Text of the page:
We were somewhere around Barstow on the edge of the desert when the drugs began to take hold. I remember saying something like “I feel a bit lightheaded; maybe you should drive. …” And suddenly there was a terrible roar all around us and the sky was full of what looked like huge bats, all swooping and screeching and diving around the car, which was going about 100 miles an hour with the top down to Las Vegas. And a voice was screaming: “Holy Jesus! What are these goddamn animals?” – Fear in Loathing in Las Vegas by Hunter S. Thompson

“Culchies” are a strange breed indeed, lovely people, but very strange. For city folk from Dublin or Belfast like myself they’re an odd bunch parodied for their propensity to almost solely wear brown shoes and checked shirts tucked into god awful bootcut jeans finished off with a tan belt. They exist in Liverpool too, they’re the people at the bar asking for Red Diesels (vodka and red bulls) and unironically enjoying Cotton Eyed Joe. But what is it that makes these people tick? I decided I had to investigate. An All-Ireland Gaelic Football semi final between two proud culchie counties & neighbours Tyrone and Monaghan seemed the ideal way.

Inconspicuous Cowboy Hat

Big Bird For Sam

I was very wary of being found out and exposed as a non-culchie. I didn’t own a Monaghan or Tyrone shirt, my jeans are all fairly nice and I exclusively wear trainers unless I’m at a wedding or funeral. With this in mind I wore the only thing which would detract from my appearance as an outsider, something which would immediately disarm and confuse. A t shirt with Big Bird from Sesame Street was just the ticket, and unsurprisingly it turned out to be the main topic of conversation throughout the day. I’d be introduced to folks, and their first remark wouldn’t be about how bad Antrim were or asking who I wanted to win but “Jesus is that yer boy from Sesame Street?” Remember folks, I see the future while you’re all toiling in the present. I also found a straw cowboy hat and wore that, I was basically the Yodel Kid but even more annoying.

Getting from Belfast to Dublin is very easy, 2 hours on a bus that picks up in Belfast City Centre and drops off in the heart of Dublin. My plan was to arrive in Dublin at 12:30, giving me 30 minutes to walk from town and find a pub to meet my culchie mates who were travelling down from Tyrone. I found a nice quiet pub with cheap Guinness (other Stouts are available but why would you waste your time seriously). Sadly they were caught in traffic, and thus I had to embark on the loneliest of solo pints in a pub which for an inexplicable reason had all of their tellys turned off. “Oh ye gods, why have I been foresaken like this” I thought. Anyway, they eventually turned up and sadly at 3:10 it was time to leave and actually watch the match. We arrived into the ground at about 3:25 which gave us 5 minutes for another pint and as we climbed the steps of the Hill 16 terrace the referee threw the ball in. I’d never been prouder of my timekeeping in all my life.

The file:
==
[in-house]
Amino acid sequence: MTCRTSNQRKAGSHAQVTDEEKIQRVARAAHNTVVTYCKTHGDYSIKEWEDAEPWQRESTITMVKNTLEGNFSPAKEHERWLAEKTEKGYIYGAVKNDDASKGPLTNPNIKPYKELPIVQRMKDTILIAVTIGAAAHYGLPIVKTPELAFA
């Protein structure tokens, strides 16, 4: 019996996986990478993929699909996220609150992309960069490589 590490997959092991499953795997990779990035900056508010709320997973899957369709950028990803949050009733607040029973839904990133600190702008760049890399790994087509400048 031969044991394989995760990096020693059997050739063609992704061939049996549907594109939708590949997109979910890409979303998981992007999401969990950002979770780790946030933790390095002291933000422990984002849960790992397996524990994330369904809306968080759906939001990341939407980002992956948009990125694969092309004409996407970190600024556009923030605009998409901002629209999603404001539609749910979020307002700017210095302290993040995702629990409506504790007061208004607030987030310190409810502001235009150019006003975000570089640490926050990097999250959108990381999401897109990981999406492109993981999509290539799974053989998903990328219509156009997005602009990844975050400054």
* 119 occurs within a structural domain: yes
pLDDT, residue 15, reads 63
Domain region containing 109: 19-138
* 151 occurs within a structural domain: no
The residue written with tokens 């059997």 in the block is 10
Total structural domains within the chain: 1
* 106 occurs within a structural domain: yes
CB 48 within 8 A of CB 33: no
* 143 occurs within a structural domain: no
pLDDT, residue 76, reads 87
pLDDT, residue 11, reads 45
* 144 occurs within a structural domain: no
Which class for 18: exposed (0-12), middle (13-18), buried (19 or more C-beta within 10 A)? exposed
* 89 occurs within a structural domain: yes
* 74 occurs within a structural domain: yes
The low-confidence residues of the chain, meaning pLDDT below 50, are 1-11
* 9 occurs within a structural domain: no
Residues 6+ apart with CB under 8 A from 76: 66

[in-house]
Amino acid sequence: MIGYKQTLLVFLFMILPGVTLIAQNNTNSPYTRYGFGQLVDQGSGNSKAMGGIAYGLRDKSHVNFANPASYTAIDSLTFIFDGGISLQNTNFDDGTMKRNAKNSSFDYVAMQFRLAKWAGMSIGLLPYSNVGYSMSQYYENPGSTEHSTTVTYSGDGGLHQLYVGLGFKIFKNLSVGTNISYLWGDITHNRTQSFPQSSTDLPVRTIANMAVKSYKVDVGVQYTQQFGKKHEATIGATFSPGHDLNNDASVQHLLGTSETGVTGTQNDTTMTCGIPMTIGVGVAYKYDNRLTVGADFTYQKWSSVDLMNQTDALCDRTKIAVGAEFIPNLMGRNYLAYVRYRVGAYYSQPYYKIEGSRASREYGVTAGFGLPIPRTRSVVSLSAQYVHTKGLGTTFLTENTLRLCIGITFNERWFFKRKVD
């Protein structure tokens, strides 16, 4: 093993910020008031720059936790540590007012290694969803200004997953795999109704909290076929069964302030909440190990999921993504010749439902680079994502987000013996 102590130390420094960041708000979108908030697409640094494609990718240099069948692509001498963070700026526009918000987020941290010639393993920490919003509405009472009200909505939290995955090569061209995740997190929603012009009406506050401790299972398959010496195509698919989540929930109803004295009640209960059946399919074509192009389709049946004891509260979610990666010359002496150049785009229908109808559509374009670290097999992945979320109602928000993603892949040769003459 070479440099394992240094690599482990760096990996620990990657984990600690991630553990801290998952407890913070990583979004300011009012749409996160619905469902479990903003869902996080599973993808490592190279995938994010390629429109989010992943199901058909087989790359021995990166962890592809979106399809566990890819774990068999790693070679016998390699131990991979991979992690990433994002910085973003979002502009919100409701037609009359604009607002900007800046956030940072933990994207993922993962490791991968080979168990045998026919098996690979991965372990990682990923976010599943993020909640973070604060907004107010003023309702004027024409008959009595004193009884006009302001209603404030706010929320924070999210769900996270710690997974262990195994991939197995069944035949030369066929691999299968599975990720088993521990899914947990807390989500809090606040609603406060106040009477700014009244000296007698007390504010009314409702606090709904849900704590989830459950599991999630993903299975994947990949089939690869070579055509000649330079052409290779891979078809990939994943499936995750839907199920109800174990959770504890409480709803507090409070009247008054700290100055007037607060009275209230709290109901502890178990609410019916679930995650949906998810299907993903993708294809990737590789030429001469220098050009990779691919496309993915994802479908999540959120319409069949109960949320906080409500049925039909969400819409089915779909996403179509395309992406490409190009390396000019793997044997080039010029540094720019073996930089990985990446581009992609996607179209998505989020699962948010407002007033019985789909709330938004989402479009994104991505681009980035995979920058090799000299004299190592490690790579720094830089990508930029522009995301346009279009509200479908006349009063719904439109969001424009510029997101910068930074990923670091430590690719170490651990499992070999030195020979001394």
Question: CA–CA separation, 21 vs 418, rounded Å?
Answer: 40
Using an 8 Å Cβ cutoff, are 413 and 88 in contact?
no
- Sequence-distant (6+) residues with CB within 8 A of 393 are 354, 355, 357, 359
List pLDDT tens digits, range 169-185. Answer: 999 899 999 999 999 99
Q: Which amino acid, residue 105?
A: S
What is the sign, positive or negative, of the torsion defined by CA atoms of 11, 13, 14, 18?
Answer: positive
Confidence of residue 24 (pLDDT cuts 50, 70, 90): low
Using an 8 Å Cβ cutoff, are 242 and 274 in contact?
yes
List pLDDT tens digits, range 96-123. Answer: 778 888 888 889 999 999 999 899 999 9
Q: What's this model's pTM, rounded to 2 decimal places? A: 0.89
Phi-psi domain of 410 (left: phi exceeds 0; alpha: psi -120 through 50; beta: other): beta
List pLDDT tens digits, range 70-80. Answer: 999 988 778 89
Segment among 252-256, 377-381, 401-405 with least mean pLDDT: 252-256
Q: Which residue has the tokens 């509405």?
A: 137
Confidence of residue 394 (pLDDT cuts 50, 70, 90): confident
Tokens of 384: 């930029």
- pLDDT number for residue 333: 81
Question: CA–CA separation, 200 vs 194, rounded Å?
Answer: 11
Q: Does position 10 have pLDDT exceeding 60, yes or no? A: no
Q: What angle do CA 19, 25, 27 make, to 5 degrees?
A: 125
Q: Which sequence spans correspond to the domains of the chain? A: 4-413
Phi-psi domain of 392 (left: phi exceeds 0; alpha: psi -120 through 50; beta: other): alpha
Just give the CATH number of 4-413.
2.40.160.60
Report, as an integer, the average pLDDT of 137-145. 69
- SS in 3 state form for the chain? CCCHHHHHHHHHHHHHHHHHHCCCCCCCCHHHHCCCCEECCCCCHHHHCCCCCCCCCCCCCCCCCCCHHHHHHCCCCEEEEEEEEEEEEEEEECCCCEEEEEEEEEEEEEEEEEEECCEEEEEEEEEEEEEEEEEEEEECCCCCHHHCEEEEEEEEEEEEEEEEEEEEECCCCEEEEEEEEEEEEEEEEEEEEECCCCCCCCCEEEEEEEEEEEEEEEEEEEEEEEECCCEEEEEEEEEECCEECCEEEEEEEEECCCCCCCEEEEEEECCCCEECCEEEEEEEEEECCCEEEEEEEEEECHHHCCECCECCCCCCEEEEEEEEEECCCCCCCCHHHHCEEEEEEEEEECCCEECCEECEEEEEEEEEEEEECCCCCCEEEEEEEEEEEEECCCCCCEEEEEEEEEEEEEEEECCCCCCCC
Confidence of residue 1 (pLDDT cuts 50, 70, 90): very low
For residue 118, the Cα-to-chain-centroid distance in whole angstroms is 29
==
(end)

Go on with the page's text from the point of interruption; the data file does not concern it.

Anyone who’s visited Dublin will probably have heard the story of how Hill 16 was built out of the rubble of O’Connell Street after the Easter Rising in 1916. It’s not. As with the rest of the 82,000 capacity Croke Park is built out of something else, it’s built out of a will and arguable necessity to be different. The GAA itself was set up to counter Foreign Sports such as Football, Rugby & Cricket and to provide a purer Gaelic athletic offering for Irish people. Croke Park was also the scene of one of the worst atrocities in Irish history when 13 spectators along with the Tipperary captain Michael Hogan were murdered by the British Auxililary Police and Black & Tans in response for the assassination that morning of various British agents by Michael Collins and his ‘Squad.’ More information can be found here.

We left to go to the bar 5 minutes before the end of the first half, and only returned 10 minutes into the second; what we saw of the game was enjoyable enough, and my Tyrone pals were delighted to end up 1 point victors. I was happy as it would ensure the rest of the evening would have a more upbeat atmosphere. The plan was originally to go back to Omagh, which is in County Tyrone and stay with my friend. Plans quickly changed in their post-match euphoria and it was decided we would instead be going to Copperface Jacks, colloquially known as Coppers – think PopWorld on Acid. After a couple more pints we decided this was in fact a bad idea and instead embarked on the worlds greatest test – sneaking cans on a bus. It’s nearly 3 hours to Omagh without a toilet on the bus, but the idea of the journey without cans is worse still. It was when we arrived into there and found a pub that was having a lock-in that I realised I truly wasn’t in Kansas anymore. Just watch the below clip, even after watching back multiple times I’m not 100% sure what is being said. “Holy Jesus! What are these goddamn animals?” At least they liked my hat.